Guy Farmer: This is ‘customer service’
’Tis the season of comfort, joy and binge shopping, so today I’m going to tell you a personal story about how a U.S. airline and a Chinese computer company define “customer service.” I won’t name the companies because I don’t want them to sue the Appeal for defamation. But it’s a true story.
I had a frequent flyer VISA card with this particular U.S. airline for many years and had chalked up thousands of air miles over the years, but had done nothing with those miles. Friends urged me to cash-in my miles for merchandise rewards so I reluctantly ordered a new laptop computer to replace the old, outmoded one I use on my trips to Seattle and Southern California. I somehow successfully navigated my way through the rewards website and eventually received the new Chinese laptop right after Thanksgiving.
Like any self-respecting computer moron I took my new laptop to our friends at DeBug Computers and asked them to activate the new laptop. They did their best to accomplish that rather routine task, but eventually reported that the new laptop “worked for 10 minutes before shutting down” and refused all attempts to turn it back on.
DeBug then advised me that “the rewards program purchased the unit, which sat on the shelf until the warranty expired,” and that’s when they shipped the laptop to me. The computer company told DeBug “the warranty can’t be honored due to this (convoluted) process” and suggested that the client (me) “call the rewards program, let them know the computer was defective and ask for a refund.” Well, believe me, that’s easier said than done.
In fact, I called both the airline rewards program and the computer company to ask for a replacement computer or a refund and spoke to the same nice young man with limited English skills (to put it kindly) in Bangladesh both times. We were soon on a first-name basis as he repeated over and over again that the warranty had expired and nothing could be done. I’m not the most patient person in the world (one of the least patient, in fact) but I managed to remain civil as I explained over and over again that the warranty had already expired before I received the defective laptop. And that’s how it ended.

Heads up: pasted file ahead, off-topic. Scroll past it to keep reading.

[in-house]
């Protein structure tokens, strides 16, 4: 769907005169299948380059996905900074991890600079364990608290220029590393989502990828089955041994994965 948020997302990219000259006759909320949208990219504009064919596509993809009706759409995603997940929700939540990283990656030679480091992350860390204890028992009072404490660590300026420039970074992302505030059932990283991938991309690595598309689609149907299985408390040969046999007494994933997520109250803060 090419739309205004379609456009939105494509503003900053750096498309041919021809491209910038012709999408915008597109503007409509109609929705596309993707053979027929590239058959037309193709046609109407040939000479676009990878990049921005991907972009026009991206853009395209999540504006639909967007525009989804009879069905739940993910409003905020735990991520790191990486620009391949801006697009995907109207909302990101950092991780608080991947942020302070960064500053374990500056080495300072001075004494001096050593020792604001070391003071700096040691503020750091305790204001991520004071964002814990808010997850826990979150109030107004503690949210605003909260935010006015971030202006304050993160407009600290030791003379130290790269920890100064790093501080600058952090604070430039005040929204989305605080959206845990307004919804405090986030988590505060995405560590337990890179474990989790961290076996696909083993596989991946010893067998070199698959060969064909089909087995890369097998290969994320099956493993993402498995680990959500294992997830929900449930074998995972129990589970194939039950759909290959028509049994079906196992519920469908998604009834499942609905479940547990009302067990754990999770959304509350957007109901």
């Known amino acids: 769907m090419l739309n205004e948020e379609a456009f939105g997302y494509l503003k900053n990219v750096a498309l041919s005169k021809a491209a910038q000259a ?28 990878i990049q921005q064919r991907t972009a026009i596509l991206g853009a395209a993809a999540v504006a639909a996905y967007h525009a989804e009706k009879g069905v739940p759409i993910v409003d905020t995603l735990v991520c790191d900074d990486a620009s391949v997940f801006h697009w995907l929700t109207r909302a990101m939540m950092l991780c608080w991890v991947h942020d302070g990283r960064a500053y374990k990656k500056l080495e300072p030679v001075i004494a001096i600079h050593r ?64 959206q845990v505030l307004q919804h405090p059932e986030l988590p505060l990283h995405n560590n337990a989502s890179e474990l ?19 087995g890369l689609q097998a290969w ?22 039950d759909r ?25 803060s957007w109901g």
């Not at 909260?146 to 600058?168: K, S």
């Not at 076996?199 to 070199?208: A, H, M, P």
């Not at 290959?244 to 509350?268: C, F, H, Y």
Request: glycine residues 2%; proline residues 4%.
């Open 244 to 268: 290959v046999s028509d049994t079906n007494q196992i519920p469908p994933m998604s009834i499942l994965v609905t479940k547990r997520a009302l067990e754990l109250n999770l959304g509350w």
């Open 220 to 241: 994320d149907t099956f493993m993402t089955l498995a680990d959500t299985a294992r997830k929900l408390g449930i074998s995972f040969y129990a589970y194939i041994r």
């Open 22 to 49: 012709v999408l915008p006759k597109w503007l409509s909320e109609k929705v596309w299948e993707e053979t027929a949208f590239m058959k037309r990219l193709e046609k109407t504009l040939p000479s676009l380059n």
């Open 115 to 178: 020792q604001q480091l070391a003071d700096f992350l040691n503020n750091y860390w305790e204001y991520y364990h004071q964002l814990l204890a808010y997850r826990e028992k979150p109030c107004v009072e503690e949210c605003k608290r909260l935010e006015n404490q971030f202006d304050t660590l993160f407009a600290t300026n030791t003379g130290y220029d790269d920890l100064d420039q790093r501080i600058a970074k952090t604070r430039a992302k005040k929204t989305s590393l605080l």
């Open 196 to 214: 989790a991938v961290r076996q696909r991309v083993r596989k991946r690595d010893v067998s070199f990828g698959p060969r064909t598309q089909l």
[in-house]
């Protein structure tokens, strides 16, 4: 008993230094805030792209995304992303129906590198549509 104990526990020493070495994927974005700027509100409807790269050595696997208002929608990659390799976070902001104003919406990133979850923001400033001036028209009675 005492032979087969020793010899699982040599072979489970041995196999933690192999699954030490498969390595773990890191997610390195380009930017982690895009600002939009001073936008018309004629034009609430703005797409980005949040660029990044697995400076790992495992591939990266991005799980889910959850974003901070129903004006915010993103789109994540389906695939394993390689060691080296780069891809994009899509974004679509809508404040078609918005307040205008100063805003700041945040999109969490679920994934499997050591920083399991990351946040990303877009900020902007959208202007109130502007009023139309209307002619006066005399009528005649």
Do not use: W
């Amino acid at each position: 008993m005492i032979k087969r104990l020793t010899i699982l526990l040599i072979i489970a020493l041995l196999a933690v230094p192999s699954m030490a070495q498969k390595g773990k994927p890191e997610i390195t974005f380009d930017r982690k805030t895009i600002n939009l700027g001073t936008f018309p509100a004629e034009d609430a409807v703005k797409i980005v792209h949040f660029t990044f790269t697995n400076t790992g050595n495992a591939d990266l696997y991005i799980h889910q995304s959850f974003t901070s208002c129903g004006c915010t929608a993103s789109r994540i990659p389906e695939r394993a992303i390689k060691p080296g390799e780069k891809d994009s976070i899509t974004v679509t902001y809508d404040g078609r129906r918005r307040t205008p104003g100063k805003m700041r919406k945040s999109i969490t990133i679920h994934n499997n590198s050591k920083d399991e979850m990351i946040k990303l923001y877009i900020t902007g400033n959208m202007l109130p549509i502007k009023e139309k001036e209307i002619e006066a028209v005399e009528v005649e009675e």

So of course I complained to the North Carolina Better Business Bureau (BBB) because that’s where the Chinese company’s U.S. headquarters is located, with a copy to the airline.
“I’m referring my complaint to the BBB in hopes of receiving a properly functioning laptop or $500 to $600 in compensation because that’s what the defective laptop is worth on the retail market,” I wrote. “I earned those frequent flyer miles and am not willing to flush that amount of money down the drain.” I’ll let you know if I hear from the North Carolina BBB. Good luck, Guy.
Believe me, it would be easier for someone who doesn’t cook, like me, to make one of Charlie Abowd’s scrumptious recipes than it was to deal with those two huge business conglomerates, which teamed-up to send me a defective laptop with an expired warranty. The reclamation process is almost impossible to navigate because the websites are confusing and you always wind up talking to the same nice young man in Bangladesh, who is working on his English language skills. In the spirit of the season, I wish him well.
As for the big corporations involved in this fiasco, I probably sound like Bernie Sanders or Elizabeth Warren by now. Or perhaps I’ll ask President Trump to intervene with China to get me a working laptop. Merry Christmas!
Guy W. Farmer is a certified computer moron.